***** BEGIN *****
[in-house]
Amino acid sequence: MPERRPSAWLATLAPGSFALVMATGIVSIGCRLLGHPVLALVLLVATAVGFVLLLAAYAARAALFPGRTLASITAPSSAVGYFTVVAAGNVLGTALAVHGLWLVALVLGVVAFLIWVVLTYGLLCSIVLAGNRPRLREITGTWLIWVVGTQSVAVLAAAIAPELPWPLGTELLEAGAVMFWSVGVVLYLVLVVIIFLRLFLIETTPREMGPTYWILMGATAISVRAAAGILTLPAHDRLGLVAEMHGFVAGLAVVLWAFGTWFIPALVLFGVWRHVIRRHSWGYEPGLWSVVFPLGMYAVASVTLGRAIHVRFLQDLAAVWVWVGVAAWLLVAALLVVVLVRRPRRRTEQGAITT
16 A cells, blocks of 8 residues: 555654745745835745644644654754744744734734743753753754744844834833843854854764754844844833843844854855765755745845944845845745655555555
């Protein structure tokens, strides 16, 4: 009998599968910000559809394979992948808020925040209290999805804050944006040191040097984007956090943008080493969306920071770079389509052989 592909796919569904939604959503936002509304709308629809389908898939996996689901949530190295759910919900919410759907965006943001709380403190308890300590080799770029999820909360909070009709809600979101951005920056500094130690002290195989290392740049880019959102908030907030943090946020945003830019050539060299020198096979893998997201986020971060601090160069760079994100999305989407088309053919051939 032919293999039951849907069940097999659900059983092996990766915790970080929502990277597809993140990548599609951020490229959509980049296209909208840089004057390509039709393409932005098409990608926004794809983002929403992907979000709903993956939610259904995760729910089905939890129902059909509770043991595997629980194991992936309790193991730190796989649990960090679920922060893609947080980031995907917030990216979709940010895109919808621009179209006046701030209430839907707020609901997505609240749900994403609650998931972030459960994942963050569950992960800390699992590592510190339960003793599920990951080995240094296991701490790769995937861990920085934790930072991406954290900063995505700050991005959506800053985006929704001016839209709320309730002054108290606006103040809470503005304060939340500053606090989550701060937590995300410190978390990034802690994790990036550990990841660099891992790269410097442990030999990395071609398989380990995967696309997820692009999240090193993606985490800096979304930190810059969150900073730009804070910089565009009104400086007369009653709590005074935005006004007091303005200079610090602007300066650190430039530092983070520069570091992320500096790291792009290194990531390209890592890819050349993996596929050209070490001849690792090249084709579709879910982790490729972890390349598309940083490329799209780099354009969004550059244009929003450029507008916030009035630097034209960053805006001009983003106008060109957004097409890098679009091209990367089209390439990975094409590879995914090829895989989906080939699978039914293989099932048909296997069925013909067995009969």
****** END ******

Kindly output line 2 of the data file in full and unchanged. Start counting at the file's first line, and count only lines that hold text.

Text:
Amino acid sequence: MPERRPSAWLATLAPGSFALVMATGIVSIGCRLLGHPVLALVLLVATAVGFVLLLAAYAARAALFPGRTLASITAPSSAVGYFTVVAAGNVLGTALAVHGLWLVALVLGVVAFLIWVVLTYGLLCSIVLAGNRPRLREITGTWLIWVVGTQSVAVLAAAIAPELPWPLGTELLEAGAVMFWSVGVVLYLVLVVIIFLRLFLIETTPREMGPTYWILMGATAISVRAAAGILTLPAHDRLGLVAEMHGFVAGLAVVLWAFGTWFIPALVLFGVWRHVIRRHSWGYEPGLWSVVFPLGMYAVASVTLGRAIHVRFLQDLAAVWVWVGVAAWLLVAALLVVVLVRRPRRRTEQGAITT